If Sunday was, indeed, Zack Cozart’s last game in Cincinnati as a Red, the memories definitely will be bittersweet at best.
The sixth-year shortstop, who can be a free agent after the season, had two hits and scored a run, but he also was guilty of a baserunning gaffe that might’ve cost the Reds a run in a game they ended up losing, 5-4.
“We’re not in a pennant race,” manager Bryan Price said. “We’re not in a playoff race. We’re in the finish-strong race. This loss sucks. It sucks because we had the lead. It sucks because we were beating a really good team. It sucks because, except for a bad half-inning, we played a really good game and you want to be rewarded. It doesn’t hurt less because we’re 20 games under .500. It hurts worse.”
Second baseman Scooter Gennett and Billy Hamilton each drove in a run and Hamilton scored in the seventh on a sequence that electrified the Fan Appreciation Day crowd of 25,545, but the usually reliable Raisel Iglesias (3-3) picked up his second blown save of the season while trying for his ninth two-inning save of the season.
“We were really hoping to get an out or two before bringing in Iglesias,” Price said. “It’s been a long season, and it’s unfair for us to keep asking him to get us out of jams with those two-inning saves.”
Mookie Betts tied the game with a bases-loaded, three-run double and scored the go-ahead run on third baseman Rafael Devers’ infield single to third to extend the Reds losing streak to six games, all at home and their longest since a six-game losing streak from July 24 through July 29.
Boston’s bullpen retired the last eight batters for the Reds, who finished 39-42 at home. They are 1-12 against Boston in interleague play and finished 5-15 in interleague play this season.
After walking with one out, Hamilton was trapped in a rundown between first and second, but he escaped when second baseman Dustin Pedroia committed a throwing error. As the ball rolled toward the first base dugout, Hamilton headed to third. Seeing the plate unguarded as catcher Christian Vazquez was retrieving the ball, Hamilton sped home, completing the trip with a dusty headfirst slide.
“I was just trying to get to second base,” Hamilton said. “When I’m running the bases, I keep my head up to see what’s happening. When I got to third, I saw there was nobody at the plate. At that point, it’s a race between me and Devers. I’ll take my chances with that.”
Hamilton avoided being the third Reds runner to be thrown out on the basepaths. Two were thrown out between second and third in the first four innings. Gennett was caught in a rundown as Cozart scored on his double into the right field corner in the first. Cozart singled to lead off the fourth and was thrown out at third on Joey Votto’s single to right after stopping a couple of steps around second base.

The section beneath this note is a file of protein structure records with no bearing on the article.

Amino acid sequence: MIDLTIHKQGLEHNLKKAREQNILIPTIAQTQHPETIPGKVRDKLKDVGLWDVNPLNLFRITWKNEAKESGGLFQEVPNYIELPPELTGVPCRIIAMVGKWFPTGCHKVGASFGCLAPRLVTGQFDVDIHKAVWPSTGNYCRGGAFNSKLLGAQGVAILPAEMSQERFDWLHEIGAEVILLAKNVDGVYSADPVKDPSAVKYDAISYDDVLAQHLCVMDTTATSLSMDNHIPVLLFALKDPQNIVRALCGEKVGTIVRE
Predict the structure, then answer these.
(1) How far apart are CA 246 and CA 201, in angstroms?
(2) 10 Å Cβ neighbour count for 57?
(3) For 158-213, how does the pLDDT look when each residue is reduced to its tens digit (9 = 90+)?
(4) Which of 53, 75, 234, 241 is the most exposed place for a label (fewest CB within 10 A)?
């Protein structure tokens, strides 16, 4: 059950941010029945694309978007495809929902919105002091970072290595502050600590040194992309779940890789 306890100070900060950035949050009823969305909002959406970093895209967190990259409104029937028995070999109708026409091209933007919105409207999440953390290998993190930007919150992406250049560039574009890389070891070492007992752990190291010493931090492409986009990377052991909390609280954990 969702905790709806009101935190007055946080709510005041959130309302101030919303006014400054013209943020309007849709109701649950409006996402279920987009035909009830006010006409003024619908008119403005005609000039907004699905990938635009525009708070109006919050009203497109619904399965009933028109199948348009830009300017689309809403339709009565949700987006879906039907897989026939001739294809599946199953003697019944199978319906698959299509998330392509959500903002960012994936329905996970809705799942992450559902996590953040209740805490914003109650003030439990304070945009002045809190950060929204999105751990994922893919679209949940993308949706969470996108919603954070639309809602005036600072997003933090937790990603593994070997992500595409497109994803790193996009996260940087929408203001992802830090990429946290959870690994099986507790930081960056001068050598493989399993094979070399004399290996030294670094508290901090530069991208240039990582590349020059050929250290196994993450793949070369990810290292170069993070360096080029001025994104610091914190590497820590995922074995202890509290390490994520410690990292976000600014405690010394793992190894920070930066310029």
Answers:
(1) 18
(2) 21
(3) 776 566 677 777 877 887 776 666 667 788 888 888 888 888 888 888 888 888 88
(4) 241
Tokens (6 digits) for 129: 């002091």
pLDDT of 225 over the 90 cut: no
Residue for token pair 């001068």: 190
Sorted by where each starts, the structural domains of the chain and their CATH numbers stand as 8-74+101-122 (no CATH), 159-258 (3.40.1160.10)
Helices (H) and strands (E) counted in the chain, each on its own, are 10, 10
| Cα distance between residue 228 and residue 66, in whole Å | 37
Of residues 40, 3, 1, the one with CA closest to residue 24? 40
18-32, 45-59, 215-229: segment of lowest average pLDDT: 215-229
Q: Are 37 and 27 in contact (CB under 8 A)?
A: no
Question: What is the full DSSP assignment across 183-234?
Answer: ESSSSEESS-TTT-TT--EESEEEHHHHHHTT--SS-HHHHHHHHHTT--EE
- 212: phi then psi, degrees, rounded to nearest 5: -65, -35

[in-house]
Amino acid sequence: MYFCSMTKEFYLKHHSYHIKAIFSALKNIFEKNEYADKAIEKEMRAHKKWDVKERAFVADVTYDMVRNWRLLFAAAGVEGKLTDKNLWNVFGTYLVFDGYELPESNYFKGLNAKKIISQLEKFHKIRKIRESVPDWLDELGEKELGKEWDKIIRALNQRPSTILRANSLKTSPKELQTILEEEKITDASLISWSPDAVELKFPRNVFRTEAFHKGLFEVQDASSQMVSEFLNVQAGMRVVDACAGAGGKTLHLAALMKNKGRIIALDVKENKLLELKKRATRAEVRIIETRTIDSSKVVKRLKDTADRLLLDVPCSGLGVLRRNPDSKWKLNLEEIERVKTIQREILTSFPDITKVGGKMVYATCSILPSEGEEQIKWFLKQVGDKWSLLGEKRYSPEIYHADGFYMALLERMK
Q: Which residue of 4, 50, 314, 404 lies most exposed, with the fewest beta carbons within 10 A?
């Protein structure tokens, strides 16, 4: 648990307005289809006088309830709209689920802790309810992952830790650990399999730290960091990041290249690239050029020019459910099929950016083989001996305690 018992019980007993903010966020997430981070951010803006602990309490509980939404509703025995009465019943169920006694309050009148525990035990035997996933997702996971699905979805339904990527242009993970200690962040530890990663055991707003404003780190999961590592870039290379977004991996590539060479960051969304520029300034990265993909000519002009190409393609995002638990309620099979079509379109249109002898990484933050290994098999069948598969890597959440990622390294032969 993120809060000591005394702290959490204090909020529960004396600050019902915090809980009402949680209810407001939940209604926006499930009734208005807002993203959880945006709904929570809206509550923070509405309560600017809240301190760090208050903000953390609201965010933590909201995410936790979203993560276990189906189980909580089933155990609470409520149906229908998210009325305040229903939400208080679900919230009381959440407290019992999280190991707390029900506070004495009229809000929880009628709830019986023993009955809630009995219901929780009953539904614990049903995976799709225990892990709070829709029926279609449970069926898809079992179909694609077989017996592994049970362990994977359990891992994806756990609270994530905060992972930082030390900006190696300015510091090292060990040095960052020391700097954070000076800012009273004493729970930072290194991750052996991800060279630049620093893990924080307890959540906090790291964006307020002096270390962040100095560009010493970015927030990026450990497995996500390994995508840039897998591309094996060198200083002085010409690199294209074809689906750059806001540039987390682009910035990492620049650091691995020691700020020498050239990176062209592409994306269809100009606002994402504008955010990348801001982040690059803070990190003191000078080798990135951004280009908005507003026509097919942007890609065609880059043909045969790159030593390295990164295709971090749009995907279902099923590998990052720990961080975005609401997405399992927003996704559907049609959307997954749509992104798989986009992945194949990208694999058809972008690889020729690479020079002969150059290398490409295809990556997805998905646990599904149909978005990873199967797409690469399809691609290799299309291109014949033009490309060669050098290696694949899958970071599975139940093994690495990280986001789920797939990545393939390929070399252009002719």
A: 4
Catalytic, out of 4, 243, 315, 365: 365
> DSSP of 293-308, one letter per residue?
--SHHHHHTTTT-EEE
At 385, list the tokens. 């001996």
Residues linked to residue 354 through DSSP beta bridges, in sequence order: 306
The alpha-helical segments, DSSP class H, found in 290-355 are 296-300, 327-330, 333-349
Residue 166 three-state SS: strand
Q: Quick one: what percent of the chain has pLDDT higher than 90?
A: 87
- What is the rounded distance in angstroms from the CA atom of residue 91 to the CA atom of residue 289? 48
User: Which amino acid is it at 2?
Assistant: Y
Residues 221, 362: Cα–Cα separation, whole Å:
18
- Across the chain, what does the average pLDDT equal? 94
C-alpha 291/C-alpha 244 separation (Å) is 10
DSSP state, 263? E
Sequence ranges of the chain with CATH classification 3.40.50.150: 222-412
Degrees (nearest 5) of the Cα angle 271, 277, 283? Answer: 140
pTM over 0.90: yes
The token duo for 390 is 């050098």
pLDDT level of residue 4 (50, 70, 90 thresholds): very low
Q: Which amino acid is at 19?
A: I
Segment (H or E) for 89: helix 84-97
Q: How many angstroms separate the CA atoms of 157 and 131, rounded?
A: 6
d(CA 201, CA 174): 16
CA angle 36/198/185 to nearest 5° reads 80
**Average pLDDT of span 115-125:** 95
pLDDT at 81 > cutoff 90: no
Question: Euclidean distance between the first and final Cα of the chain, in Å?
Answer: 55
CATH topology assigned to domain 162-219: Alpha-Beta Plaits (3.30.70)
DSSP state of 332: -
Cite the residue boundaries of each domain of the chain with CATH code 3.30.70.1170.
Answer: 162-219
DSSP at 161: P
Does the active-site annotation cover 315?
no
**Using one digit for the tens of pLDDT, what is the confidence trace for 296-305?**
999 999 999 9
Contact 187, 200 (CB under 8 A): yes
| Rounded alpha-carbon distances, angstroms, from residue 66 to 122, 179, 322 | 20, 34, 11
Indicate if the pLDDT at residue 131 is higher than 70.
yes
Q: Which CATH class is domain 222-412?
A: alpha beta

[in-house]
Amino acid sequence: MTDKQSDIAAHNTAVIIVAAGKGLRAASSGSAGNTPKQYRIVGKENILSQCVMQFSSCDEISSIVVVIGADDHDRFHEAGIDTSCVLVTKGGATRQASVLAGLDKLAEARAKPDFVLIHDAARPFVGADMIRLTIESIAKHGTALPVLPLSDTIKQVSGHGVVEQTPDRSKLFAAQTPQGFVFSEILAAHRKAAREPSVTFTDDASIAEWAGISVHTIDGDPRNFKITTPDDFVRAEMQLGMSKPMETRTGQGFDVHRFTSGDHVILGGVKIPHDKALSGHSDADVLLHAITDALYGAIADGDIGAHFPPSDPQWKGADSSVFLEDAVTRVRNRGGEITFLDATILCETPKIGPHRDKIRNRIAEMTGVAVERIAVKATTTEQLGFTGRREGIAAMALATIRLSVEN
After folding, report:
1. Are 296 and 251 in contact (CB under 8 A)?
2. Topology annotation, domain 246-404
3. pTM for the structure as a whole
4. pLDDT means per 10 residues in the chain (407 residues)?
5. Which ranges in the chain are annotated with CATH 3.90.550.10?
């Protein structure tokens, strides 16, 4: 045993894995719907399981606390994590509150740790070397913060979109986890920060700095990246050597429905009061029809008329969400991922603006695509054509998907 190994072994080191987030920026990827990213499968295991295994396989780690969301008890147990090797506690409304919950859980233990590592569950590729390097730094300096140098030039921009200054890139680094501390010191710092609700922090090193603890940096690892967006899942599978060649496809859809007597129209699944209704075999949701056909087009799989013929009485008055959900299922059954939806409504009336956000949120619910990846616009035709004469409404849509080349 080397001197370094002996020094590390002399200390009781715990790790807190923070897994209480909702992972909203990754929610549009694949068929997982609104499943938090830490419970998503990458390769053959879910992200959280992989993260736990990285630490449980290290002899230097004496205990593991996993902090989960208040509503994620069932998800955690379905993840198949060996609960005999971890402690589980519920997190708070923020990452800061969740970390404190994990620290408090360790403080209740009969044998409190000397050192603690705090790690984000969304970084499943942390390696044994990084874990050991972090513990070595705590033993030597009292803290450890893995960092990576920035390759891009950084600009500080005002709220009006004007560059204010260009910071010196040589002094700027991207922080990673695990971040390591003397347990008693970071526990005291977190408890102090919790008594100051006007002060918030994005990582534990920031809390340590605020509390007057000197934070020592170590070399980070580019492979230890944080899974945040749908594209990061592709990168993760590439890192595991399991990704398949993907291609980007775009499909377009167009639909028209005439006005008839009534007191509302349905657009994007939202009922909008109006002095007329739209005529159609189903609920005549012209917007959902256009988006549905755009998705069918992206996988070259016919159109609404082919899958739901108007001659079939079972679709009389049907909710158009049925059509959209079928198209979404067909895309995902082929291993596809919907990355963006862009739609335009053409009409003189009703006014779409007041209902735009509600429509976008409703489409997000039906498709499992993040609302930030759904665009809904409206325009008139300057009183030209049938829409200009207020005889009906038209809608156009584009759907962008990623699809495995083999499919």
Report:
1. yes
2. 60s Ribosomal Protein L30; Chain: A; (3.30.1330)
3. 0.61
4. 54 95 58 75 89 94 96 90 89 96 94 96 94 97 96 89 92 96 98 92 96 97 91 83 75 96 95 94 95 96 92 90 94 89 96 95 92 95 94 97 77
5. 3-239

Rookie right-hander Jackson Stephens, who retired the first 10 batters he faced in an 8-7 10-inning loss to St. Louis on Tuesday, allowed two baserunners through the first four innings of his sixth career major league appearance and third start on Sunday. Third baseman Rafael Devers got the Red Sox on the board and tied the game 1-1 with his 10th home run of the season and second of the series leading off the fifth.
Adam Duvall, who took one of those called third strikes to end the second inning, snapped a career-worst 19 at bat hitless stretch in the fifth with a one-out infield single, a dribbler up the third base line on which Devers was unable to make a barehand grab and throw. One out later, Stephens blooped a single into short center field and Duvall scored when center fielder Xander Bogaerts throw sailed over Devers’ head into the visitor’s dugout on the third base side.
Hamilton followed with a line drive, RBI triple into the right field corner.
Stephens (3-0), aided by some flashy glove work, finished six innings. Former shortstop Eugenio Suarez, playing as part of a shift where Cozart normally plays, made a diving backhand stop in the hole and threw out Mitch Moreland leading off the second inning.
Gennett dove to his left to snare Pedroia’s sharp one-hopper, scrambled back to his feet and threw out his Red Sox counterpart.
Stephens limited the Reds Sox to two hits and one run with two walks and three strikeouts.
“He was really good,” Price said. “He was aggressive in the zone and had good command. He threw some really good glove-side sinkers, and he just learned that three days ago. Good learnability, and the defense played well behind him”
Red Sox starter Doug Fister’s first six strikeouts all were called before Hamilton went down swinging to end the third inning. The Reds piled up nine hits and struck out nine times in 5 1/3 innings against Fister (5-9), who didn’t walk anybody.
RedsFest is scheduled for Dec. 1-2 at the Duke Energy Convention Center in downtown Cincinnati.